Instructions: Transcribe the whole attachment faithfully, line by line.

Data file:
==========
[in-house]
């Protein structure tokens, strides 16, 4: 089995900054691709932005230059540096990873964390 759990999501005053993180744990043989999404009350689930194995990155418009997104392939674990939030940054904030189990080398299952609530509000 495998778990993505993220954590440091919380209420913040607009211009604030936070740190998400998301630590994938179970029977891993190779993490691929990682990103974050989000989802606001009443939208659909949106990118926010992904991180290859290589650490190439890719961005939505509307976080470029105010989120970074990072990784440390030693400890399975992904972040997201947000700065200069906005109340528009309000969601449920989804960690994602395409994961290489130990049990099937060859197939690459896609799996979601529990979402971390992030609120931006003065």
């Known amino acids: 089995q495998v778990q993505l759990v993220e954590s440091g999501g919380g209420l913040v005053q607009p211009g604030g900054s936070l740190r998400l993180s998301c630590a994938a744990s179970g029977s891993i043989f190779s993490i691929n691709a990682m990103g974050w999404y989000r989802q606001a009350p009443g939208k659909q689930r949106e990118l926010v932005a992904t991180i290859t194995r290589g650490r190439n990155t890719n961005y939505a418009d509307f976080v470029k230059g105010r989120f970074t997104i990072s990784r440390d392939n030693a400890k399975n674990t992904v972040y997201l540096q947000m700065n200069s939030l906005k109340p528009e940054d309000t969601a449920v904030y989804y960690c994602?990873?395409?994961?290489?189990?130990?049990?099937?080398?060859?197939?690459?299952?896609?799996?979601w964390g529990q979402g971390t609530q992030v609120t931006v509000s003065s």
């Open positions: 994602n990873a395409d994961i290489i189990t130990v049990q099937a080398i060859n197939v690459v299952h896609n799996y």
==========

[in-house]
């Protein structure tokens, strides 16, 4: 089995900054691709932005230059540096990873964390 759990999501005053993180744990043989999404009350689930194995990155418009997104392939674990939030940054904030189990080398299952609530509000 495998778990993505993220954590440091919380209420913040607009211009604030936070740190998400998301630590994938179970029977891993190779993490691929990682990103974050989000989802606001009443939208659909949106990118926010992904991180290859290589650490190439890719961005939505509307976080470029105010989120970074990072990784440390030693400890399975992904972040997201947000700065200069906005109340528009309000969601449920989804960690994602395409994961290489130990049990099937060859197939690459896609799996979601529990979402971390992030609120931006003065």
């Known amino acids: 089995q495998v778990q993505l759990v993220e954590s440091g999501g919380g209420l913040v005053q607009p211009g604030g900054s936070l740190r998400l993180s998301c630590a994938a744990s179970g029977s891993i043989f190779s993490i691929n691709a990682m990103g974050w999404y989000r989802q606001a009350p009443g939208k659909q689930r949106e990118l926010v932005a992904t991180i290859t194995r290589g650490r190439n990155t890719n961005y939505a418009d509307f976080v470029k230059g105010r989120f970074t997104i990072s990784r440390d392939n030693a400890k399975n674990t992904v972040y997201l540096q947000m700065n200069s939030l906005k109340p528009e940054d309000t969601a449920v904030y989804y960690c994602?990873?395409?994961?290489?189990?130990?049990?099937?080398?060859?197939?690459?299952?896609?799996?979601w964390g529990q979402g971390t609530q992030v609120t931006v509000s003065s």
């Open positions: 994602n990873a395409d994961i290489i189990t130990v049990q099937a080398i060859n197939v690459v299952h896609n799996y």